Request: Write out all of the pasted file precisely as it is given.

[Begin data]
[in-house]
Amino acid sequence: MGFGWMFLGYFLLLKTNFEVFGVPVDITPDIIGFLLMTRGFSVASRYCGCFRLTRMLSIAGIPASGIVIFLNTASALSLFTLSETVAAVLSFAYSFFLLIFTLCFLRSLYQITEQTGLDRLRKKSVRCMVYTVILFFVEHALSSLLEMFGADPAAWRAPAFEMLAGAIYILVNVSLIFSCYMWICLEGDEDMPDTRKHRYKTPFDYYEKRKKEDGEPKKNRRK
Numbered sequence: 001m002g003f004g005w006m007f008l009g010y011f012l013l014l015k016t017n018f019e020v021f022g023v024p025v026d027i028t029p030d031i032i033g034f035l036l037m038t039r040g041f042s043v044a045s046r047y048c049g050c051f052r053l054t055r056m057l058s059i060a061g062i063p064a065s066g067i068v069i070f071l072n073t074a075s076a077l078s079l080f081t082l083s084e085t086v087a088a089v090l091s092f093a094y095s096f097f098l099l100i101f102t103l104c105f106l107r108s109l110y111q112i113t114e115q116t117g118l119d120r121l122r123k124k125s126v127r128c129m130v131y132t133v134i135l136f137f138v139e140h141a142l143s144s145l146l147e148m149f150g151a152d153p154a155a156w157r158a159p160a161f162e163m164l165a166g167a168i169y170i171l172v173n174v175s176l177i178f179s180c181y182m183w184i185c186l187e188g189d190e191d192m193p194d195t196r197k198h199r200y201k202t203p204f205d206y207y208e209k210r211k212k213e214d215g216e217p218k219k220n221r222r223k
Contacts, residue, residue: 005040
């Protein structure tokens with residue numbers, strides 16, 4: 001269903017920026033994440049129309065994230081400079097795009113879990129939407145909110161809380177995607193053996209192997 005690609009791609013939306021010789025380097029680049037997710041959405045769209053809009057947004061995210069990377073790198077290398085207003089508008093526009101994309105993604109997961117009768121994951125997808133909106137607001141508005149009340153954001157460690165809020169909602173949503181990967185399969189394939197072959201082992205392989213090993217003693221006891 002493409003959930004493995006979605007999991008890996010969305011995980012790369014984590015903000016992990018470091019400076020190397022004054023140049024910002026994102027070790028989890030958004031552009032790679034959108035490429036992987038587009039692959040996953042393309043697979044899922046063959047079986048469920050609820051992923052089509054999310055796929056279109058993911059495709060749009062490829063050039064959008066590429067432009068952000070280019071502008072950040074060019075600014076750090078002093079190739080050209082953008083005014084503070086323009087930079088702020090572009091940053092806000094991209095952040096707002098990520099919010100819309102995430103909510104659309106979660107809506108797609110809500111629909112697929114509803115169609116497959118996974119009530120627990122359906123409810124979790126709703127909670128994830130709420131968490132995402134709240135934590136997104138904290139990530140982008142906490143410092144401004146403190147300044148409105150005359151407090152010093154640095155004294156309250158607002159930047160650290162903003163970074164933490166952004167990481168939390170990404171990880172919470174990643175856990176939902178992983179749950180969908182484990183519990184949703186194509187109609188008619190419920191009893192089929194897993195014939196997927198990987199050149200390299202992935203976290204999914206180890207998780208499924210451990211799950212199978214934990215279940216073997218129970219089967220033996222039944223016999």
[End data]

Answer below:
[in-house]
Amino acid sequence: MGFGWMFLGYFLLLKTNFEVFGVPVDITPDIIGFLLMTRGFSVASRYCGCFRLTRMLSIAGIPASGIVIFLNTASALSLFTLSETVAAVLSFAYSFFLLIFTLCFLRSLYQITEQTGLDRLRKKSVRCMVYTVILFFVEHALSSLLEMFGADPAAWRAPAFEMLAGAIYILVNVSLIFSCYMWICLEGDEDMPDTRKHRYKTPFDYYEKRKKEDGEPKKNRRK
Numbered sequence: 001m002g003f004g005w006m007f008l009g010y011f012l013l014l015k016t017n018f019e020v021f022g023v024p025v026d027i028t029p030d031i032i033g034f035l036l037m038t039r040g041f042s043v044a045s046r047y048c049g050c051f052r053l054t055r056m057l058s059i060a061g062i063p064a065s066g067i068v069i070f071l072n073t074a075s076a077l078s079l080f081t082l083s084e085t086v087a088a089v090l091s092f093a094y095s096f097f098l099l100i101f102t103l104c105f106l107r108s109l110y111q112i113t114e115q116t117g118l119d120r121l122r123k124k125s126v127r128c129m130v131y132t133v134i135l136f137f138v139e140h141a142l143s144s145l146l147e148m149f150g151a152d153p154a155a156w157r158a159p160a161f162e163m164l165a166g167a168i169y170i171l172v173n174v175s176l177i178f179s180c181y182m183w184i185c186l187e188g189d190e191d192m193p194d195t196r197k198h199r200y201k202t203p204f205d206y207y208e209k210r211k212k213e214d215g216e217p218k219k220n221r222r223k
Contacts, residue, residue: 005040
């Protein structure tokens with residue numbers, strides 16, 4: 001269903017920026033994440049129309065994230081400079097795009113879990129939407145909110161809380177995607193053996209192997 005690609009791609013939306021010789025380097029680049037997710041959405045769209053809009057947004061995210069990377073790198077290398085207003089508008093526009101994309105993604109997961117009768121994951125997808133909106137607001141508005149009340153954001157460690165809020169909602173949503181990967185399969189394939197072959201082992205392989213090993217003693221006891 002493409003959930004493995006979605007999991008890996010969305011995980012790369014984590015903000016992990018470091019400076020190397022004054023140049024910002026994102027070790028989890030958004031552009032790679034959108035490429036992987038587009039692959040996953042393309043697979044899922046063959047079986048469920050609820051992923052089509054999310055796929056279109058993911059495709060749009062490829063050039064959008066590429067432009068952000070280019071502008072950040074060019075600014076750090078002093079190739080050209082953008083005014084503070086323009087930079088702020090572009091940053092806000094991209095952040096707002098990520099919010100819309102995430103909510104659309106979660107809506108797609110809500111629909112697929114509803115169609116497959118996974119009530120627990122359906123409810124979790126709703127909670128994830130709420131968490132995402134709240135934590136997104138904290139990530140982008142906490143410092144401004146403190147300044148409105150005359151407090152010093154640095155004294156309250158607002159930047160650290162903003163970074164933490166952004167990481168939390170990404171990880172919470174990643175856990176939902178992983179749950180969908182484990183519990184949703186194509187109609188008619190419920191009893192089929194897993195014939196997927198990987199050149200390299202992935203976290204999914206180890207998780208499924210451990211799950212199978214934990215279940216073997218129970219089967220033996222039944223016999």